Archive for March, 2009

EIA Energy Conference, April 7-8, Washington, DC

Tuesday, March 31st, 2009

This conference is time well spent if you have an interest in energy policy. Details:

I do not see anything on the conference site that says there will be a live webcast, so I presume there will not be. Videos are available after the event and most if not all of the presentations are available shortly before and/or shortly after the conference, as I recall. Contact EIA for exact details.

Fixed Price Residential Gas Service

Thursday, March 26th, 2009

Natural gas wellhead prices are way down from their peak last summer.   This is documented by the New York Times (“Natural Gas, Suddenly Abundant, Is Cheaper” by Clifford Krauss, March 20, 2009,, as well as many other sources.  In the United States, spot gas prices are around  $4.30 per dekatherm down from a peak of more than $13 last year.  World spot prices for LNG cargoes have come down by more than two-thirds since last summer according to this NYT article.

Meanwhile, back in the world of natural gas retail semi-competition, my local gas utility (or more accurately, the marketing arm of my utility) has offered me a fixed price of $87/month for either a one or a two year contract.  I’m sure other users have been offered similar contracts  for a different fixed rate than what I was offered.   I am not sure how this number  is developed, although the advertisement told me it was based upon past usage for my household.  I do not know if  competitors have access to the information, but perhaps I should contact my regulatory authority to find out.  I am somewhat concerned that my gas company gives access to my usage data without my specific permission.  I had assumed a “Chinese wall” between the utility and its marketing arm.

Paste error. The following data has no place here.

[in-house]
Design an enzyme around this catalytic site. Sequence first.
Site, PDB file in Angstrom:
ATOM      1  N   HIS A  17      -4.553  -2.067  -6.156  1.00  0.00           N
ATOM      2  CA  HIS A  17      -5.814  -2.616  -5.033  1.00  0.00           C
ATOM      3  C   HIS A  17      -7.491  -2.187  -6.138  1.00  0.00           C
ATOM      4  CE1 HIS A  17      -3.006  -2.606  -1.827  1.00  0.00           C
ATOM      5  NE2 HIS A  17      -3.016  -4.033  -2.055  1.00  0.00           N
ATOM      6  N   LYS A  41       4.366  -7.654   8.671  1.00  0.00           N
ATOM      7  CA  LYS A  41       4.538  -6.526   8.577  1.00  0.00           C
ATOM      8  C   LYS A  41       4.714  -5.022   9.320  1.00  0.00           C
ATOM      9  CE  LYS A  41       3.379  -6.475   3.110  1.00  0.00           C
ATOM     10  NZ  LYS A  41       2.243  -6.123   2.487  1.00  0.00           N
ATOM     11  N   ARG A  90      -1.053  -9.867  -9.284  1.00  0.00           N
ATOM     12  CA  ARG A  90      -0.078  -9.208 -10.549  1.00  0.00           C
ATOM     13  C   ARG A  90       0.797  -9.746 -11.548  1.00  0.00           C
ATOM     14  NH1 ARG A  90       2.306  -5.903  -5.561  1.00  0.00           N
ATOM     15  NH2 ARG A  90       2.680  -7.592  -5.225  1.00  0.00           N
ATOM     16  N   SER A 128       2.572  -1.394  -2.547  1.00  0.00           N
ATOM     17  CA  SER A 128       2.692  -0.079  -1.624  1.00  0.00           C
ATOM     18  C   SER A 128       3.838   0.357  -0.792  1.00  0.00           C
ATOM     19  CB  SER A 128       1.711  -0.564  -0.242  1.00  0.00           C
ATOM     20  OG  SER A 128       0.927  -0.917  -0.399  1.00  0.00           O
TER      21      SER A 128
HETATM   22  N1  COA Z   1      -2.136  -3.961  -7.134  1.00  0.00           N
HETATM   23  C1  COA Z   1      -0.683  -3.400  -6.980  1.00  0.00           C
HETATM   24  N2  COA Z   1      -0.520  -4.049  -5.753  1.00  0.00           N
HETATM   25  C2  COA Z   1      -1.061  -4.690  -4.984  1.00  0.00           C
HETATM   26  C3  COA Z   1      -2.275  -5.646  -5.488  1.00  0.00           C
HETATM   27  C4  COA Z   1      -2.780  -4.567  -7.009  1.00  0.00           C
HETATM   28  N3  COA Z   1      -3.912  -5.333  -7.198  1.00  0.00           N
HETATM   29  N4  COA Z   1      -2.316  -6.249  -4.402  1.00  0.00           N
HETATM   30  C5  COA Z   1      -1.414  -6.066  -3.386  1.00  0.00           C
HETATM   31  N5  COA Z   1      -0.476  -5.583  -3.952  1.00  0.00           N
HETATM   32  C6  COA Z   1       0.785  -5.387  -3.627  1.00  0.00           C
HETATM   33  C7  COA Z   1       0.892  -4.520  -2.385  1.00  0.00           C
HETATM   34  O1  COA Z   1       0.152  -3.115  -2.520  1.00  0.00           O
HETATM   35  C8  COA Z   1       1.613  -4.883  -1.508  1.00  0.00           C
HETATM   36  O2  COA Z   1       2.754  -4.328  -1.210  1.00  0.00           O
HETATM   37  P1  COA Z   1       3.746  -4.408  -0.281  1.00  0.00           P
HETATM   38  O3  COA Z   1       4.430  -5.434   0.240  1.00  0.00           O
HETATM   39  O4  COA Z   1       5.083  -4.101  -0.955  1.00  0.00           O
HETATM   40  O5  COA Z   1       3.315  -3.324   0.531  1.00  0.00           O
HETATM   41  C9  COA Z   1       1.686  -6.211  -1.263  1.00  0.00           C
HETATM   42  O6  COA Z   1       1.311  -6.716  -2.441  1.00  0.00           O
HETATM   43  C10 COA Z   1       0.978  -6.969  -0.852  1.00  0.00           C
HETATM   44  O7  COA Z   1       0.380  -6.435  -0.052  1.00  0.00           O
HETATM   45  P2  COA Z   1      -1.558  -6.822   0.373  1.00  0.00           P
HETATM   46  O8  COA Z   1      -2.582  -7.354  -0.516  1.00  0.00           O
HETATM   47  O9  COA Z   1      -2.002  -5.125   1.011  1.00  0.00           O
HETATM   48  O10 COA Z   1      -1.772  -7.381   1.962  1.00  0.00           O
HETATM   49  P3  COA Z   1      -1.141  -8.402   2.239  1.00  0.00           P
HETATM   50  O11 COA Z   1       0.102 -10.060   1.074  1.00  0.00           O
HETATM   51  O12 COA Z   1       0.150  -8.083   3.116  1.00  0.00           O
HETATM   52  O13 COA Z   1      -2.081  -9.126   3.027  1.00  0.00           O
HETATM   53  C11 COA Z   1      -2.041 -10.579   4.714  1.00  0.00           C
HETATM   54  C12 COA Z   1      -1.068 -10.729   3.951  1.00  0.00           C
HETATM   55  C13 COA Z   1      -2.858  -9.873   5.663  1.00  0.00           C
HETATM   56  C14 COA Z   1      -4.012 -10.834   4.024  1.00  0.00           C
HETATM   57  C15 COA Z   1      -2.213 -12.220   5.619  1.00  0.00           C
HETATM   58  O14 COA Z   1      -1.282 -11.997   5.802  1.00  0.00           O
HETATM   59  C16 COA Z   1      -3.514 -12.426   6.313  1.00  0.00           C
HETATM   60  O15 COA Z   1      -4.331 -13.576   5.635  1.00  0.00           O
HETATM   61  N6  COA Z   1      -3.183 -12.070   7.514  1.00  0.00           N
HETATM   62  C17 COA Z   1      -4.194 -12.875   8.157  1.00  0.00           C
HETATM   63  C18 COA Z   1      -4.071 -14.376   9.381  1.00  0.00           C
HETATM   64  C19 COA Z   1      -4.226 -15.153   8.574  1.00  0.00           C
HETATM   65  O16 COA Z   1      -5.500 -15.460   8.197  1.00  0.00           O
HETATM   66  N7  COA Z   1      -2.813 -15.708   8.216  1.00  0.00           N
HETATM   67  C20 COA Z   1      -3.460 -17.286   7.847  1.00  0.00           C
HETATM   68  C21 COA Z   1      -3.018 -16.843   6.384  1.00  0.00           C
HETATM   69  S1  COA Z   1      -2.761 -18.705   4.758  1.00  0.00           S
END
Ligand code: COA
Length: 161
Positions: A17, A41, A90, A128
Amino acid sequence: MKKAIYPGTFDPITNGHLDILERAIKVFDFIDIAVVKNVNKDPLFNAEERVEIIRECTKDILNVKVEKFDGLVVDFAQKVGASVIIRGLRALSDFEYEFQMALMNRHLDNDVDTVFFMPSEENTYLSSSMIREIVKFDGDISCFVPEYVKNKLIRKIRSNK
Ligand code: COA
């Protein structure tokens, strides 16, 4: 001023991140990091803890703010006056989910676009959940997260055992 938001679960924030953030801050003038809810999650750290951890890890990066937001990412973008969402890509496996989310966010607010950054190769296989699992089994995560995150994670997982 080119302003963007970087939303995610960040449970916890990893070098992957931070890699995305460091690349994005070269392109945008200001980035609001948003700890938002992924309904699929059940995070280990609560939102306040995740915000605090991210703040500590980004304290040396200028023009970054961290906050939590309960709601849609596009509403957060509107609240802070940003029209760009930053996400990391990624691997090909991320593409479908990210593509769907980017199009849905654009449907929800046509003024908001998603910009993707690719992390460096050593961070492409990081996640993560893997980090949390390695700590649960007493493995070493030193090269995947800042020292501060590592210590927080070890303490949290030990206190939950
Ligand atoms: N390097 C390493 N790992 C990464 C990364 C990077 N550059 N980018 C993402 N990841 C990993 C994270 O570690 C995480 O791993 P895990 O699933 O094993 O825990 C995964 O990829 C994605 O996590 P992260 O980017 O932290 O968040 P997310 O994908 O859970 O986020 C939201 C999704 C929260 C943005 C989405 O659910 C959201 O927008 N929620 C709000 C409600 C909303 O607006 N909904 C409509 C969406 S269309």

The winter heating season is almost over and I suspect part of  my 2009 winter bill includes gas prices that are much higher than today’s spot price, given that there are almost always lags between cost occurrence and cost recovery.  The gas company could sign long term agreements with suppliers, most likely for some amount greater than the spot price, and lock in the supply it needs to serve my needs over the next year or two, depending upon which time period I chose.    I am not going to sign up for this fixed rate, because I think my yearly expenditures will be lower if I am billed monthly as I am now.   But some customers most likely will, because this fixed price “protects” them from price increases .   So the gas company will do well, and some producers who need the cash flow, will do better than they would have otherwise.
There is one thing that is troubling me.   If customers sign up for a fixed monthly bill, what is the incentive for them to lower the thermostat at night, add insulation, keep the water heater at a lower temperature, etc?  I am sure the gas company will send plenty of reminders about how everyone must save energy together with conservation tips, but any energy saving the customers do will flow to the gas company’s bottom line.  If I were paying a fixed price, I’d sleep with the thermostat on 70 F instead of 62 in January.   I simply would not care how much gas I used, because, well… I am insured against higher prices.  Moral hazard and all that theoretical stuff.